After some of the members of the Surry County Schools Board of Education visited a technology conference, they brought back an idea the school system will begin implementing in the fall.
Middle school students in the system will begin the GenYES program developed by Dr. Dennis Harper. The program has been in existence since the late ’90s and has spread across the country and even to four other countries, but Surry County is the first in North Carolina to implement it.
“This caught our eye because it was a student-led type of initiative. It’s something they could take hold of and do on their own,” said Earlie Coe, board chairman. “They had some great success with it.”
The school system believes that this will coincide with the 1:1 laptop initiative that will expand from seventh and eighth grade to the high schools next year. Empowering students to be leaders and valued partners in the school laptop implementation can lead to increased classroom technology integration, greater support for classroom teachers using new technologies and greater understanding and support for program goals, the school officials believe.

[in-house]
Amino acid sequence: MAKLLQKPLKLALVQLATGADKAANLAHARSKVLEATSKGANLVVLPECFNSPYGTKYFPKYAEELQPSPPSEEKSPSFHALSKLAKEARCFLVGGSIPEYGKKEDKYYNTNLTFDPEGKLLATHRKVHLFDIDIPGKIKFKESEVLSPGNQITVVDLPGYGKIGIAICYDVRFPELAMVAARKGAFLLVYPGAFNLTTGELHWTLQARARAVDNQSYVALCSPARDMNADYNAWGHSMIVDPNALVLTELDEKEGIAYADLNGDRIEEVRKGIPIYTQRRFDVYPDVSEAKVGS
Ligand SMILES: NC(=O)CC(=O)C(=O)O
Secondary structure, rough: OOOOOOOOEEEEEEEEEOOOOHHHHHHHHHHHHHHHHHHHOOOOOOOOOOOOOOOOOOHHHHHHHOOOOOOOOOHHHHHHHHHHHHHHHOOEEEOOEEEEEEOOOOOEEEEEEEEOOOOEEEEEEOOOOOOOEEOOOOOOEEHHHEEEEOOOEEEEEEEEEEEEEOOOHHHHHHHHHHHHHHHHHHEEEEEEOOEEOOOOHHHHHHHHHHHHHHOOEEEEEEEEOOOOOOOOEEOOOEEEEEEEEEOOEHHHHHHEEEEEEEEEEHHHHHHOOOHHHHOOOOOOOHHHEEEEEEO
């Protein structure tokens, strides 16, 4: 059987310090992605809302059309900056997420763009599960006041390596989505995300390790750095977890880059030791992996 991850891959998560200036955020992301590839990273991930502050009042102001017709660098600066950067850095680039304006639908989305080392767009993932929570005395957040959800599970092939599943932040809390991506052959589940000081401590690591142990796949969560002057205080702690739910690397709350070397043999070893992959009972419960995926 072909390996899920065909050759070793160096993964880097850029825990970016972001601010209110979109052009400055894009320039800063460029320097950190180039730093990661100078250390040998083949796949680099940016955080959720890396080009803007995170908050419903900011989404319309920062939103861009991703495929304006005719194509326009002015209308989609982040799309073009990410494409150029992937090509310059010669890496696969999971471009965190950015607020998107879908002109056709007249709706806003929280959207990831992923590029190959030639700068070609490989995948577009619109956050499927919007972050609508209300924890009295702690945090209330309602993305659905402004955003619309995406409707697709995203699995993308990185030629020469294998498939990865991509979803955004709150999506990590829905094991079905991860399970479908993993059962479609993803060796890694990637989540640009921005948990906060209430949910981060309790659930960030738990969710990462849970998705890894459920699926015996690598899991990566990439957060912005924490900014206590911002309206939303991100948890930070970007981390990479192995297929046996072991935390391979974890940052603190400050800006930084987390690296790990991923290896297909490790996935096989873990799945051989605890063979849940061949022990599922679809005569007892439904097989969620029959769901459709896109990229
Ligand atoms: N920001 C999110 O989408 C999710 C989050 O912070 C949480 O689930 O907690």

“It’s about student engagement and student empowerment. They will become part of the planning, execution and implementation part of our 1:1 initiative. They will learn how to use the software, how to best utilize the laptops in the classroom and help on troubleshooting and minor repairs,” said Jill Reinhardt, director of technology and career and technical education for the school system.